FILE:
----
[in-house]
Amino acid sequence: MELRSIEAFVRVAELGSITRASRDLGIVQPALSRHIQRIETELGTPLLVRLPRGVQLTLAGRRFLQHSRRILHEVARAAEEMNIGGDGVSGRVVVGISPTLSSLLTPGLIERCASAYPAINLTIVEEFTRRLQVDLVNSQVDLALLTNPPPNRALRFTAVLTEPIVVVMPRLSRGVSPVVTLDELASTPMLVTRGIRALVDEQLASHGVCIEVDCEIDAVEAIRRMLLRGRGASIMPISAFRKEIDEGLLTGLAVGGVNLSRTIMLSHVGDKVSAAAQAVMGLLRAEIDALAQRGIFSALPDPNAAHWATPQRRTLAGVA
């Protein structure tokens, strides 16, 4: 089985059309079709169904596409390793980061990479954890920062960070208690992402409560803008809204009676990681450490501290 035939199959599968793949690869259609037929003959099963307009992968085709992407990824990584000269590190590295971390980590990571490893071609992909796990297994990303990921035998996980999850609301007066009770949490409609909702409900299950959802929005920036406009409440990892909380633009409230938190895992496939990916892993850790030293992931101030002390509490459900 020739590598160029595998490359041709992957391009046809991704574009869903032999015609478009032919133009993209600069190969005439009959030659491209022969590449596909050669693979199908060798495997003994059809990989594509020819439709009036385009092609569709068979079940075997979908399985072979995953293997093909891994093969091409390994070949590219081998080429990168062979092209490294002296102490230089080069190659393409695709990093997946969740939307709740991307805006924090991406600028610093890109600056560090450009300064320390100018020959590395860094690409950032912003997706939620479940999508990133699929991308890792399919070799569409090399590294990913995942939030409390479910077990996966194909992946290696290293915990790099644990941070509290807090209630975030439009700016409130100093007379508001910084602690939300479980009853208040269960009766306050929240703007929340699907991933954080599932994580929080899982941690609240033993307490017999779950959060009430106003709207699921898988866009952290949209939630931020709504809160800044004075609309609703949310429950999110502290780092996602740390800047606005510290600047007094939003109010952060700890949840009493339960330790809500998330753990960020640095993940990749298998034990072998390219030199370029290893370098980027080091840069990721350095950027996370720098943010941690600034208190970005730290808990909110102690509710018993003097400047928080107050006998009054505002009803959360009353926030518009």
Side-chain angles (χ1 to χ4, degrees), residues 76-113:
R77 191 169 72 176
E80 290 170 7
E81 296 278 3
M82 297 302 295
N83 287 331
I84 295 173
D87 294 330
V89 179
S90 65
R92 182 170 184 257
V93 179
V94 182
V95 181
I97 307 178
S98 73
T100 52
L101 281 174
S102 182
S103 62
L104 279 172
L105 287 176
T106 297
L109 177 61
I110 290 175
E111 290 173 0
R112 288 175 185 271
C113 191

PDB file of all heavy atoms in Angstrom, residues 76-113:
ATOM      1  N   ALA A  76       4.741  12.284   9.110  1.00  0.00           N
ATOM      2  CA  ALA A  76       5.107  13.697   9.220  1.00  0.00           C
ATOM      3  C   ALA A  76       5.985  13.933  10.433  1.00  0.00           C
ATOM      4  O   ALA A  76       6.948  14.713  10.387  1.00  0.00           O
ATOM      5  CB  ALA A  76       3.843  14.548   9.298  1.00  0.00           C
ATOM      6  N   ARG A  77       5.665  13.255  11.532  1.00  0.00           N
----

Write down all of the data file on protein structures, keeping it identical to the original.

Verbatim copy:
[in-house]
Amino acid sequence: MELRSIEAFVRVAELGSITRASRDLGIVQPALSRHIQRIETELGTPLLVRLPRGVQLTLAGRRFLQHSRRILHEVARAAEEMNIGGDGVSGRVVVGISPTLSSLLTPGLIERCASAYPAINLTIVEEFTRRLQVDLVNSQVDLALLTNPPPNRALRFTAVLTEPIVVVMPRLSRGVSPVVTLDELASTPMLVTRGIRALVDEQLASHGVCIEVDCEIDAVEAIRRMLLRGRGASIMPISAFRKEIDEGLLTGLAVGGVNLSRTIMLSHVGDKVSAAAQAVMGLLRAEIDALAQRGIFSALPDPNAAHWATPQRRTLAGVA
């Protein structure tokens, strides 16, 4: 089985059309079709169904596409390793980061990479954890920062960070208690992402409560803008809204009676990681450490501290 035939199959599968793949690869259609037929003959099963307009992968085709992407990824990584000269590190590295971390980590990571490893071609992909796990297994990303990921035998996980999850609301007066009770949490409609909702409900299950959802929005920036406009409440990892909380633009409230938190895992496939990916892993850790030293992931101030002390509490459900 020739590598160029595998490359041709992957391009046809991704574009869903032999015609478009032919133009993209600069190969005439009959030659491209022969590449596909050669693979199908060798495997003994059809990989594509020819439709009036385009092609569709068979079940075997979908399985072979995953293997093909891994093969091409390994070949590219081998080429990168062979092209490294002296102490230089080069190659393409695709990093997946969740939307709740991307805006924090991406600028610093890109600056560090450009300064320390100018020959590395860094690409950032912003997706939620479940999508990133699929991308890792399919070799569409090399590294990913995942939030409390479910077990996966194909992946290696290293915990790099644990941070509290807090209630975030439009700016409130100093007379508001910084602690939300479980009853208040269960009766306050929240703007929340699907991933954080599932994580929080899982941690609240033993307490017999779950959060009430106003709207699921898988866009952290949209939630931020709504809160800044004075609309609703949310429950999110502290780092996602740390800047606005510290600047007094939003109010952060700890949840009493339960330790809500998330753990960020640095993940990749298998034990072998390219030199370029290893370098980027080091840069990721350095950027996370720098943010941690600034208190970005730290808990909110102690509710018993003097400047928080107050006998009054505002009803959360009353926030518009």
Side-chain angles (χ1 to χ4, degrees), residues 76-113:
R77 191 169 72 176
E80 290 170 7
E81 296 278 3
M82 297 302 295
N83 287 331
I84 295 173
D87 294 330
V89 179
S90 65
R92 182 170 184 257
V93 179
V94 182
V95 181
I97 307 178
S98 73
T100 52
L101 281 174
S102 182
S103 62
L104 279 172
L105 287 176
T106 297
L109 177 61
I110 290 175
E111 290 173 0
R112 288 175 185 271
C113 191

PDB file of all heavy atoms in Angstrom, residues 76-113:
ATOM      1  N   ALA A  76       4.741  12.284   9.110  1.00  0.00           N
ATOM      2  CA  ALA A  76       5.107  13.697   9.220  1.00  0.00           C
ATOM      3  C   ALA A  76       5.985  13.933  10.433  1.00  0.00           C
ATOM      4  O   ALA A  76       6.948  14.713  10.387  1.00  0.00           O
ATOM      5  CB  ALA A  76       3.843  14.548   9.298  1.00  0.00           C
ATOM      6  N   ARG A  77       5.665  13.255  11.532  1.00  0.00           N